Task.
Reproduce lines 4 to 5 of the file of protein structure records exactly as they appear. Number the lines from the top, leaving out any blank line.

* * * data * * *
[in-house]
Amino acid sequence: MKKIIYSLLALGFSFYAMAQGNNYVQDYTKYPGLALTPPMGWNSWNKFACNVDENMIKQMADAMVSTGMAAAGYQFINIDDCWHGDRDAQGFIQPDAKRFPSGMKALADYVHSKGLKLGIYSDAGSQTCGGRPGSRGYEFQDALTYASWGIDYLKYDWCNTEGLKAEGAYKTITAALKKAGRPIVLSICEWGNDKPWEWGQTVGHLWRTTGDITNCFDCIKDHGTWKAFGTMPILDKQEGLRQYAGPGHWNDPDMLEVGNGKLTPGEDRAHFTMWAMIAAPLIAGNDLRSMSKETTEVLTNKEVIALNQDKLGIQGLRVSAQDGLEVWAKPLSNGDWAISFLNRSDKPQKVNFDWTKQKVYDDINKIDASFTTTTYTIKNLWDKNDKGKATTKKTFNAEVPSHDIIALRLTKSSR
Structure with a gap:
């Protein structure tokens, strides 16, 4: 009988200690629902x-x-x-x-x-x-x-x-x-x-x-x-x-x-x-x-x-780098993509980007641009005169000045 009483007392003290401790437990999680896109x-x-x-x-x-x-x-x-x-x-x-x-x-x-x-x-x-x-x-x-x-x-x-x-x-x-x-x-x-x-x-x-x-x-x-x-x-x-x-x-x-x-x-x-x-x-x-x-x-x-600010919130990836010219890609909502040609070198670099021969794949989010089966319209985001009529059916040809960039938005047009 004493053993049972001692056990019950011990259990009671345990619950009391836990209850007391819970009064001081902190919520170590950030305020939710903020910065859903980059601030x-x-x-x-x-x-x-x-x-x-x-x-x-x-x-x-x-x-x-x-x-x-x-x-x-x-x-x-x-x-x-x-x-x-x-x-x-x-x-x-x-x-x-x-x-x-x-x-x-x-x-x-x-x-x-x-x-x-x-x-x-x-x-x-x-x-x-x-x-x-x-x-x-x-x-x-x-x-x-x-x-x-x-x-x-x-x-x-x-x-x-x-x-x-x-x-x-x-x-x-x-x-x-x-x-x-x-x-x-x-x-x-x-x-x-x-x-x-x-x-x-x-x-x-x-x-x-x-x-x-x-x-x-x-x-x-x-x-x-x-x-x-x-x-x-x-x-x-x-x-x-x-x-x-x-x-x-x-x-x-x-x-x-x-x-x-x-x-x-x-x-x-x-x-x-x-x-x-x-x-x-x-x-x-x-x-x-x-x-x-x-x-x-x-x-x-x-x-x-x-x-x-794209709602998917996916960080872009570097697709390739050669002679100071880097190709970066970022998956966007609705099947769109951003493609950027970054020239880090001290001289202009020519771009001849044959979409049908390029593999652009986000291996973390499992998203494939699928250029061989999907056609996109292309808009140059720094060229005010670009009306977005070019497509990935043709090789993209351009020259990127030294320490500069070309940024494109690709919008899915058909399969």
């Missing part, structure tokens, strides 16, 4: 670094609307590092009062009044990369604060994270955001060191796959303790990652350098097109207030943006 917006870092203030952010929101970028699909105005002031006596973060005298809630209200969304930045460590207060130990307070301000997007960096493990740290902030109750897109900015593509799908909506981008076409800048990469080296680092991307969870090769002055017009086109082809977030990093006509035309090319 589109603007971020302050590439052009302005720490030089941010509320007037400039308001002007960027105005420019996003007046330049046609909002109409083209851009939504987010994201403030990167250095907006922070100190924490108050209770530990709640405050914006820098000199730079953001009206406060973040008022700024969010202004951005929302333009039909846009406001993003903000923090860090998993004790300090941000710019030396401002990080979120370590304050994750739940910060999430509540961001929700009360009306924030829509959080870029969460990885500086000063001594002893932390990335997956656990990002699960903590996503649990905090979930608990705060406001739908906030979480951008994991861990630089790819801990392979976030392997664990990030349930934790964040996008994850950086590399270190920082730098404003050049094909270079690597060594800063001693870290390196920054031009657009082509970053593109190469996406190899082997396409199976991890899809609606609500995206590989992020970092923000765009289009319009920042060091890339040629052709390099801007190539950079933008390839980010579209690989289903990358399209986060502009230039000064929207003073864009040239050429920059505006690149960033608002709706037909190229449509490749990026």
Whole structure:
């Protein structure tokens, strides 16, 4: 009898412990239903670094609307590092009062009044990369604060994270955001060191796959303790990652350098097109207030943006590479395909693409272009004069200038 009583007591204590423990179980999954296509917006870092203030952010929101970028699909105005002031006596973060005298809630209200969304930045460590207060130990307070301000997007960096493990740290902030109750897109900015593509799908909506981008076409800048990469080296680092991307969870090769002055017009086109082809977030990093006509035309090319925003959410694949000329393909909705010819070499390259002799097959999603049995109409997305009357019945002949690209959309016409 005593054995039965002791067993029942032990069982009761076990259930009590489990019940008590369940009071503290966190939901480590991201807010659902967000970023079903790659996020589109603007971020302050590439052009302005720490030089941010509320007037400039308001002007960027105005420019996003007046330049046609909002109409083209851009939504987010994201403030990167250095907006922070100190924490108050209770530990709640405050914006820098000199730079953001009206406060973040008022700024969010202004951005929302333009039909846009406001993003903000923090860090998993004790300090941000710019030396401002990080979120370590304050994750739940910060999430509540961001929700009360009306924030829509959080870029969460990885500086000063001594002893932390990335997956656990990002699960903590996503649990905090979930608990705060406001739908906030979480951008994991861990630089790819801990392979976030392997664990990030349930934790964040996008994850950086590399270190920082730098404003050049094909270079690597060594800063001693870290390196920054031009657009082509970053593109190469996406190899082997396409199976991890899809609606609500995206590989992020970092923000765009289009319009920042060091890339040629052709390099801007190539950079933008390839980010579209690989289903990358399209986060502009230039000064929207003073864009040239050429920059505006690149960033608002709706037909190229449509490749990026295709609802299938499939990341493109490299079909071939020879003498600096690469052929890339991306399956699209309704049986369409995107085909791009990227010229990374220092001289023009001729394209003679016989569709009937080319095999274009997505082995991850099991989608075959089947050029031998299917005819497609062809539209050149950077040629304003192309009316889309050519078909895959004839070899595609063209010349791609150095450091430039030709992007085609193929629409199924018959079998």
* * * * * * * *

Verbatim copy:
């Protein structure tokens, strides 16, 4: 009988200690629902x-x-x-x-x-x-x-x-x-x-x-x-x-x-x-x-x-780098993509980007641009005169000045 009483007392003290401790437990999680896109x-x-x-x-x-x-x-x-x-x-x-x-x-x-x-x-x-x-x-x-x-x-x-x-x-x-x-x-x-x-x-x-x-x-x-x-x-x-x-x-x-x-x-x-x-x-x-x-x-x-600010919130990836010219890609909502040609070198670099021969794949989010089966319209985001009529059916040809960039938005047009 004493053993049972001692056990019950011990259990009671345990619950009391836990209850007391819970009064001081902190919520170590950030305020939710903020910065859903980059601030x-x-x-x-x-x-x-x-x-x-x-x-x-x-x-x-x-x-x-x-x-x-x-x-x-x-x-x-x-x-x-x-x-x-x-x-x-x-x-x-x-x-x-x-x-x-x-x-x-x-x-x-x-x-x-x-x-x-x-x-x-x-x-x-x-x-x-x-x-x-x-x-x-x-x-x-x-x-x-x-x-x-x-x-x-x-x-x-x-x-x-x-x-x-x-x-x-x-x-x-x-x-x-x-x-x-x-x-x-x-x-x-x-x-x-x-x-x-x-x-x-x-x-x-x-x-x-x-x-x-x-x-x-x-x-x-x-x-x-x-x-x-x-x-x-x-x-x-x-x-x-x-x-x-x-x-x-x-x-x-x-x-x-x-x-x-x-x-x-x-x-x-x-x-x-x-x-x-x-x-x-x-x-x-x-x-x-x-x-x-x-x-x-x-x-x-x-x-x-x-x-x-794209709602998917996916960080872009570097697709390739050669002679100071880097190709970066970022998956966007609705099947769109951003493609950027970054020239880090001290001289202009020519771009001849044959979409049908390029593999652009986000291996973390499992998203494939699928250029061989999907056609996109292309808009140059720094060229005010670009009306977005070019497509990935043709090789993209351009020259990127030294320490500069070309940024494109690709919008899915058909399969």
């Missing part, structure tokens, strides 16, 4: 670094609307590092009062009044990369604060994270955001060191796959303790990652350098097109207030943006 917006870092203030952010929101970028699909105005002031006596973060005298809630209200969304930045460590207060130990307070301000997007960096493990740290902030109750897109900015593509799908909506981008076409800048990469080296680092991307969870090769002055017009086109082809977030990093006509035309090319 589109603007971020302050590439052009302005720490030089941010509320007037400039308001002007960027105005420019996003007046330049046609909002109409083209851009939504987010994201403030990167250095907006922070100190924490108050209770530990709640405050914006820098000199730079953001009206406060973040008022700024969010202004951005929302333009039909846009406001993003903000923090860090998993004790300090941000710019030396401002990080979120370590304050994750739940910060999430509540961001929700009360009306924030829509959080870029969460990885500086000063001594002893932390990335997956656990990002699960903590996503649990905090979930608990705060406001739908906030979480951008994991861990630089790819801990392979976030392997664990990030349930934790964040996008994850950086590399270190920082730098404003050049094909270079690597060594800063001693870290390196920054031009657009082509970053593109190469996406190899082997396409199976991890899809609606609500995206590989992020970092923000765009289009319009920042060091890339040629052709390099801007190539950079933008390839980010579209690989289903990358399209986060502009230039000064929207003073864009040239050429920059505006690149960033608002709706037909190229449509490749990026």